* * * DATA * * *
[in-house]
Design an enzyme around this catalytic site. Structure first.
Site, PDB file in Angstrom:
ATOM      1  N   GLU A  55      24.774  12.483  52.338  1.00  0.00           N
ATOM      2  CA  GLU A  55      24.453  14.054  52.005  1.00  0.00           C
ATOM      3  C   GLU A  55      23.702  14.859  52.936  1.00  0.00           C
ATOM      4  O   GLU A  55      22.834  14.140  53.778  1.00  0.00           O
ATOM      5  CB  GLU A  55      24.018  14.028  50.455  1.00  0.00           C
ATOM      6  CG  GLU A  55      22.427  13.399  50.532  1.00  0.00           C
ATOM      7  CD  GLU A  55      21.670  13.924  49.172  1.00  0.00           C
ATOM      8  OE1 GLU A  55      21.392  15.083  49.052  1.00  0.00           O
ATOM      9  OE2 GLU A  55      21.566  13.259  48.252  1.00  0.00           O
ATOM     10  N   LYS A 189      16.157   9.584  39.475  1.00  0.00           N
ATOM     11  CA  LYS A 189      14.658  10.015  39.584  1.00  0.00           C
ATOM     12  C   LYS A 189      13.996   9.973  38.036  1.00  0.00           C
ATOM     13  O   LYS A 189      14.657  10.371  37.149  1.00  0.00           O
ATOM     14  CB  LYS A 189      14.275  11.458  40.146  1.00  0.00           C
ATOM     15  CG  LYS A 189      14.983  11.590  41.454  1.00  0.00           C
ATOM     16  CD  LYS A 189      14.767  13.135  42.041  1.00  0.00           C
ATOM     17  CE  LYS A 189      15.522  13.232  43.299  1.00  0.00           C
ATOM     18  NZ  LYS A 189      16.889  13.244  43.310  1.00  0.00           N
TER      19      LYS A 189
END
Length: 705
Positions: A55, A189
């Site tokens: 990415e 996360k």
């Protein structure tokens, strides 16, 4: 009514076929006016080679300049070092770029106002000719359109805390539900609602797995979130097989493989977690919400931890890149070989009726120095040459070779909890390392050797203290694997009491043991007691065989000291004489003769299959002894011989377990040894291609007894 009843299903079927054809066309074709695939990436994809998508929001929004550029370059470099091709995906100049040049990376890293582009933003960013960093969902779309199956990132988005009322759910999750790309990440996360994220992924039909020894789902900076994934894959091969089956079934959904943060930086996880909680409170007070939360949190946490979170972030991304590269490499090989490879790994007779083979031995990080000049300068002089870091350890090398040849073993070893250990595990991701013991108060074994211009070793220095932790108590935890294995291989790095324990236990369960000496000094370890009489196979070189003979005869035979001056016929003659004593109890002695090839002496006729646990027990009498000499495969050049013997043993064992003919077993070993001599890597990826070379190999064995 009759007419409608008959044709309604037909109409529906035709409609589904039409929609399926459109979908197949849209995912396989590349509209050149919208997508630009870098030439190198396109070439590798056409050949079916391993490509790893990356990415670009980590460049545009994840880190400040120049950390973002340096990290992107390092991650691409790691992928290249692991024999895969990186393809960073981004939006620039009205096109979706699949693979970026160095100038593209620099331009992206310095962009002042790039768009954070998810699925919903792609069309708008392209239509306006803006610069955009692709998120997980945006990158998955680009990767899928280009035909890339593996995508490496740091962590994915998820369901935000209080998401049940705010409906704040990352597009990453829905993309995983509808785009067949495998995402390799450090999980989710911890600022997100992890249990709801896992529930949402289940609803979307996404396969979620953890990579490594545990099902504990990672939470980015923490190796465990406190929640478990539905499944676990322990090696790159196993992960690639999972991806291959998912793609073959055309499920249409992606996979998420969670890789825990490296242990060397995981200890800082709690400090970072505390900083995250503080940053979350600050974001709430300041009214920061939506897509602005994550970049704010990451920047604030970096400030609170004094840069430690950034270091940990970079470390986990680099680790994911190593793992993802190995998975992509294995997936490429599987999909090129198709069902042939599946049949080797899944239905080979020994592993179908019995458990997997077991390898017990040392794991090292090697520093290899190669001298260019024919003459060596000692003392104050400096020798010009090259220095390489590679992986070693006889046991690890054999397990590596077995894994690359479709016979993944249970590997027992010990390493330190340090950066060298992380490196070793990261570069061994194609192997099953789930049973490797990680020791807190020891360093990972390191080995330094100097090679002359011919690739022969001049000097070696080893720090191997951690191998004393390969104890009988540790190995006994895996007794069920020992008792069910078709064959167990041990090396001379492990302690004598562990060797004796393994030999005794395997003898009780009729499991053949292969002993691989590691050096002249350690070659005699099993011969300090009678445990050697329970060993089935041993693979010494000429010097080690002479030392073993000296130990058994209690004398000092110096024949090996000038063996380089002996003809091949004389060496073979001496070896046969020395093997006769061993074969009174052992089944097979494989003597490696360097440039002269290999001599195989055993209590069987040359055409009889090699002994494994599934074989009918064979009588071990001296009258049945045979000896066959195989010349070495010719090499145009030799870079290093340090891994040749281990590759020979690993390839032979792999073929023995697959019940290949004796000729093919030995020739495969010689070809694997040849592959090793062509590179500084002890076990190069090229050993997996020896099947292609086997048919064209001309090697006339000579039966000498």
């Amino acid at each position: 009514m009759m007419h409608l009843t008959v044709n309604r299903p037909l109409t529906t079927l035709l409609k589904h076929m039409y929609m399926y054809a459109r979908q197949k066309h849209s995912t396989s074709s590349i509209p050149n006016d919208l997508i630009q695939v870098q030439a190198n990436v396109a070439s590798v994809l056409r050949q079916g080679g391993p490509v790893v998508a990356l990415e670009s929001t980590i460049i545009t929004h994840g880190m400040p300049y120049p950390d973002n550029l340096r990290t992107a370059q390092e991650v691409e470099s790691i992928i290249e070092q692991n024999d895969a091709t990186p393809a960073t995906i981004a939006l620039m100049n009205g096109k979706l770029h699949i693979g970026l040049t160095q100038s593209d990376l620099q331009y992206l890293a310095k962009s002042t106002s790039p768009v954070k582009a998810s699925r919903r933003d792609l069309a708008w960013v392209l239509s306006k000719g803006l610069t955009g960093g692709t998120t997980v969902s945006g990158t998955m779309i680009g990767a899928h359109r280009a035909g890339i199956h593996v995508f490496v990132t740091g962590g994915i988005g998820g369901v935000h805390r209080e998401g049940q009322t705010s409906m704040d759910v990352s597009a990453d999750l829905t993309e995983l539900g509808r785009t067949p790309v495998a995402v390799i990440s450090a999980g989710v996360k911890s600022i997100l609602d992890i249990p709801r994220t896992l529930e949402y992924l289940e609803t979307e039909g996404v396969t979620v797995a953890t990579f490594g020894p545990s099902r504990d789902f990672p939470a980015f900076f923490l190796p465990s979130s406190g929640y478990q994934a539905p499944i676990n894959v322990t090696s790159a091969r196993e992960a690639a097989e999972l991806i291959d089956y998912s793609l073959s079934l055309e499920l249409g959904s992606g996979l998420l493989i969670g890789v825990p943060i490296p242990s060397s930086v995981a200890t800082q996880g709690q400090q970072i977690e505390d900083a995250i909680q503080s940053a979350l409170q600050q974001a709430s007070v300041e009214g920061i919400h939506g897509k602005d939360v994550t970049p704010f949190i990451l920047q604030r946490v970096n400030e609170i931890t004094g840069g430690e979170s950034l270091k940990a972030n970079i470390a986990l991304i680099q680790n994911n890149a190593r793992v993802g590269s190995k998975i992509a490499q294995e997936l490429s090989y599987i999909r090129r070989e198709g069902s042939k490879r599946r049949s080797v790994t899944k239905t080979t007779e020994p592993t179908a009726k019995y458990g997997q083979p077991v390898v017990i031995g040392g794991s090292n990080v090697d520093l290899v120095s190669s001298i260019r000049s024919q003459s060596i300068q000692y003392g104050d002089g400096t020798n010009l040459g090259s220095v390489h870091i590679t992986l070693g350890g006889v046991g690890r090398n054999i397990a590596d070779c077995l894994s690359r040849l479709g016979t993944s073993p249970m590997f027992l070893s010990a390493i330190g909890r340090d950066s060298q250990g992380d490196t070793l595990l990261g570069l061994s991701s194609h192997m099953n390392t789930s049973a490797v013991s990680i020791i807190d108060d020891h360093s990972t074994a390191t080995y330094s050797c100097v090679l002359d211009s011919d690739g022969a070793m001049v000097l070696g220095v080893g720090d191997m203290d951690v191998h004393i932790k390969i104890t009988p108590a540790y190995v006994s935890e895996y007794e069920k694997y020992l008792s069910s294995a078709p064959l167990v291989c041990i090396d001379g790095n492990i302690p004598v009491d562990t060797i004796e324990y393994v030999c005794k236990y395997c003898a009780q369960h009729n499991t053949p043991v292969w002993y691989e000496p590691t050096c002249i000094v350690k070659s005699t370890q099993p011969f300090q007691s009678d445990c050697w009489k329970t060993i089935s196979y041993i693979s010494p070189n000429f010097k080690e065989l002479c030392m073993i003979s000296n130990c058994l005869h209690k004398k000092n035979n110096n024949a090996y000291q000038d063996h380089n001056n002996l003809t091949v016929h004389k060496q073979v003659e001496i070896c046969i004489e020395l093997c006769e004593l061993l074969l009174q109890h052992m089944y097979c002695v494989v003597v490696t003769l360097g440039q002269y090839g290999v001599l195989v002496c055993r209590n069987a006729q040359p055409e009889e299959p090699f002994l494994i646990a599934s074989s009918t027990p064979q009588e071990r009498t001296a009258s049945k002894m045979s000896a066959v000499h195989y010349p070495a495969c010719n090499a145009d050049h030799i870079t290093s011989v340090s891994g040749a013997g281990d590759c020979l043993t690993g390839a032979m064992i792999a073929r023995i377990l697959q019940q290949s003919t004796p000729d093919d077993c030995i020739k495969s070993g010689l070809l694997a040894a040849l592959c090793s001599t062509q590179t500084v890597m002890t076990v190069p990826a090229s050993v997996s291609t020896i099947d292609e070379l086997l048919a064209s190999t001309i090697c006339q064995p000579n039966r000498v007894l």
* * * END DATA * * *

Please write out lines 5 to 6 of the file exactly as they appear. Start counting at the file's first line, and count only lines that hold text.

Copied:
ATOM      2  CA  GLU A  55      24.453  14.054  52.005  1.00  0.00           C
ATOM      3  C   GLU A  55      23.702  14.859  52.936  1.00  0.00           C